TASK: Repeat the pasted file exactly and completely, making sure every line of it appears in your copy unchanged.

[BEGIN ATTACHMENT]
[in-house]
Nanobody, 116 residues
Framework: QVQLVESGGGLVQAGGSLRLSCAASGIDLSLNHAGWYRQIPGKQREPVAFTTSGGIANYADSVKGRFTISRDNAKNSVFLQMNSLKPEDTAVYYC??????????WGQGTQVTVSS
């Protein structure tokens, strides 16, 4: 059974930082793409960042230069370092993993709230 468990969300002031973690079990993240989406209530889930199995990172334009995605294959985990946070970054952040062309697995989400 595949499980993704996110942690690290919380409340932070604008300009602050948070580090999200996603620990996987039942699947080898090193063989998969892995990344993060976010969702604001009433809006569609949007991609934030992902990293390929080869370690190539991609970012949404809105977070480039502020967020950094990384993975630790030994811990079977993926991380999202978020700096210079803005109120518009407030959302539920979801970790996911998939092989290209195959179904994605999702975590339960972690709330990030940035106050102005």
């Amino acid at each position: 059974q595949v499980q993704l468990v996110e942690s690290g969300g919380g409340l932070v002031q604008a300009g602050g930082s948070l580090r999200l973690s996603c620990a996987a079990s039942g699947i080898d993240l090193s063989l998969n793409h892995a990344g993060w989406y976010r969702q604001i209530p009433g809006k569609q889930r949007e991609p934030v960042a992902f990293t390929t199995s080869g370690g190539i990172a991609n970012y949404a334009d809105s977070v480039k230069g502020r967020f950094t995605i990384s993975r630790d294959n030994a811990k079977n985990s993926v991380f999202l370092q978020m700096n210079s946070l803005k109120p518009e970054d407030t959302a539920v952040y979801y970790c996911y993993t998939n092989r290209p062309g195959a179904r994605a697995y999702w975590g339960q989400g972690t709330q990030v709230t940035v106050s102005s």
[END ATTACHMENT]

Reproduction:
[in-house]
Nanobody, 116 residues
Framework: QVQLVESGGGLVQAGGSLRLSCAASGIDLSLNHAGWYRQIPGKQREPVAFTTSGGIANYADSVKGRFTISRDNAKNSVFLQMNSLKPEDTAVYYC??????????WGQGTQVTVSS
């Protein structure tokens, strides 16, 4: 059974930082793409960042230069370092993993709230 468990969300002031973690079990993240989406209530889930199995990172334009995605294959985990946070970054952040062309697995989400 595949499980993704996110942690690290919380409340932070604008300009602050948070580090999200996603620990996987039942699947080898090193063989998969892995990344993060976010969702604001009433809006569609949007991609934030992902990293390929080869370690190539991609970012949404809105977070480039502020967020950094990384993975630790030994811990079977993926991380999202978020700096210079803005109120518009407030959302539920979801970790996911998939092989290209195959179904994605999702975590339960972690709330990030940035106050102005």
């Amino acid at each position: 059974q595949v499980q993704l468990v996110e942690s690290g969300g919380g409340l932070v002031q604008a300009g602050g930082s948070l580090r999200l973690s996603c620990a996987a079990s039942g699947i080898d993240l090193s063989l998969n793409h892995a990344g993060w989406y976010r969702q604001i209530p009433g809006k569609q889930r949007e991609p934030v960042a992902f990293t390929t199995s080869g370690g190539i990172a991609n970012y949404a334009d809105s977070v480039k230069g502020r967020f950094t995605i990384s993975r630790d294959n030994a811990k079977n985990s993926v991380f999202l370092q978020m700096n210079s946070l803005k109120p518009e970054d407030t959302a539920v952040y979801y970790c996911y993993t998939n092989r290209p062309g195959a179904r994605a697995y999702w975590g339960q989400g972690t709330q990030v709230t940035v106050s102005s």